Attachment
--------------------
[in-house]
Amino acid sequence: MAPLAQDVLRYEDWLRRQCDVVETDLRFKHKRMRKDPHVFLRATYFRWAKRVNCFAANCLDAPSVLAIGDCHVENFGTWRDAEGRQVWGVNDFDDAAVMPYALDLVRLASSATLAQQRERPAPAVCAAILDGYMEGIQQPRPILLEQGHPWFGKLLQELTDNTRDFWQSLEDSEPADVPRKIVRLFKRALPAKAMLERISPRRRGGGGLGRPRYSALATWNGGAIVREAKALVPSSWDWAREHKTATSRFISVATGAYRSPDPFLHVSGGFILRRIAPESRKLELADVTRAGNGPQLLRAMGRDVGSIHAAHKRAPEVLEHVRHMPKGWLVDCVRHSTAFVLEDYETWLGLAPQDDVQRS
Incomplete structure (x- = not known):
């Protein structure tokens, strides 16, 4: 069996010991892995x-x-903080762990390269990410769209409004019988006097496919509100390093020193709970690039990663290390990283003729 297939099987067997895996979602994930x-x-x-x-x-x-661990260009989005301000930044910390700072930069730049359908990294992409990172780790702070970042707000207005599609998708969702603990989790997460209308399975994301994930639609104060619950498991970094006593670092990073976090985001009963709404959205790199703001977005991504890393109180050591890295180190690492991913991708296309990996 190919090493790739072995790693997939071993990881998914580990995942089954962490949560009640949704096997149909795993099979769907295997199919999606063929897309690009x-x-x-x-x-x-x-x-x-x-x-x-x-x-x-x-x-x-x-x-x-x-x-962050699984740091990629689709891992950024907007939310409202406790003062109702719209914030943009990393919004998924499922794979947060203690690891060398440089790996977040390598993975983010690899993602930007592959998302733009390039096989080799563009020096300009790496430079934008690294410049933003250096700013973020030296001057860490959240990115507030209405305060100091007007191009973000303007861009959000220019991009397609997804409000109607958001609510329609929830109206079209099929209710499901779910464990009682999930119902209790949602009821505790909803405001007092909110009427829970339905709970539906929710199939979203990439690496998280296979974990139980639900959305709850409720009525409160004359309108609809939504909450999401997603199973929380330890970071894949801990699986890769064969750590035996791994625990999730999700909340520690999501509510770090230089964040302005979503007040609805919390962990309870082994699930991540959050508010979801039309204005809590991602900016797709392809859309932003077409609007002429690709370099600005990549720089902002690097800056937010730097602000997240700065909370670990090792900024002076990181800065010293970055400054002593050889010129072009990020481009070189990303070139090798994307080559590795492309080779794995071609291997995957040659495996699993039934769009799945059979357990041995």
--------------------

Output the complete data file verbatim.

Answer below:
[in-house]
Amino acid sequence: MAPLAQDVLRYEDWLRRQCDVVETDLRFKHKRMRKDPHVFLRATYFRWAKRVNCFAANCLDAPSVLAIGDCHVENFGTWRDAEGRQVWGVNDFDDAAVMPYALDLVRLASSATLAQQRERPAPAVCAAILDGYMEGIQQPRPILLEQGHPWFGKLLQELTDNTRDFWQSLEDSEPADVPRKIVRLFKRALPAKAMLERISPRRRGGGGLGRPRYSALATWNGGAIVREAKALVPSSWDWAREHKTATSRFISVATGAYRSPDPFLHVSGGFILRRIAPESRKLELADVTRAGNGPQLLRAMGRDVGSIHAAHKRAPEVLEHVRHMPKGWLVDCVRHSTAFVLEDYETWLGLAPQDDVQRS
Incomplete structure (x- = not known):
């Protein structure tokens, strides 16, 4: 069996010991892995x-x-903080762990390269990410769209409004019988006097496919509100390093020193709970690039990663290390990283003729 297939099987067997895996979602994930x-x-x-x-x-x-661990260009989005301000930044910390700072930069730049359908990294992409990172780790702070970042707000207005599609998708969702603990989790997460209308399975994301994930639609104060619950498991970094006593670092990073976090985001009963709404959205790199703001977005991504890393109180050591890295180190690492991913991708296309990996 190919090493790739072995790693997939071993990881998914580990995942089954962490949560009640949704096997149909795993099979769907295997199919999606063929897309690009x-x-x-x-x-x-x-x-x-x-x-x-x-x-x-x-x-x-x-x-x-x-x-962050699984740091990629689709891992950024907007939310409202406790003062109702719209914030943009990393919004998924499922794979947060203690690891060398440089790996977040390598993975983010690899993602930007592959998302733009390039096989080799563009020096300009790496430079934008690294410049933003250096700013973020030296001057860490959240990115507030209405305060100091007007191009973000303007861009959000220019991009397609997804409000109607958001609510329609929830109206079209099929209710499901779910464990009682999930119902209790949602009821505790909803405001007092909110009427829970339905709970539906929710199939979203990439690496998280296979974990139980639900959305709850409720009525409160004359309108609809939504909450999401997603199973929380330890970071894949801990699986890769064969750590035996791994625990999730999700909340520690999501509510770090230089964040302005979503007040609805919390962990309870082994699930991540959050508010979801039309204005809590991602900016797709392809859309932003077409609007002429690709370099600005990549720089902002690097800056937010730097602000997240700065909370670990090792900024002076990181800065010293970055400054002593050889010129072009990020481009070189990303070139090798994307080559590795492309080779794995071609291997995957040659495996699993039934769009799945059979357990041995």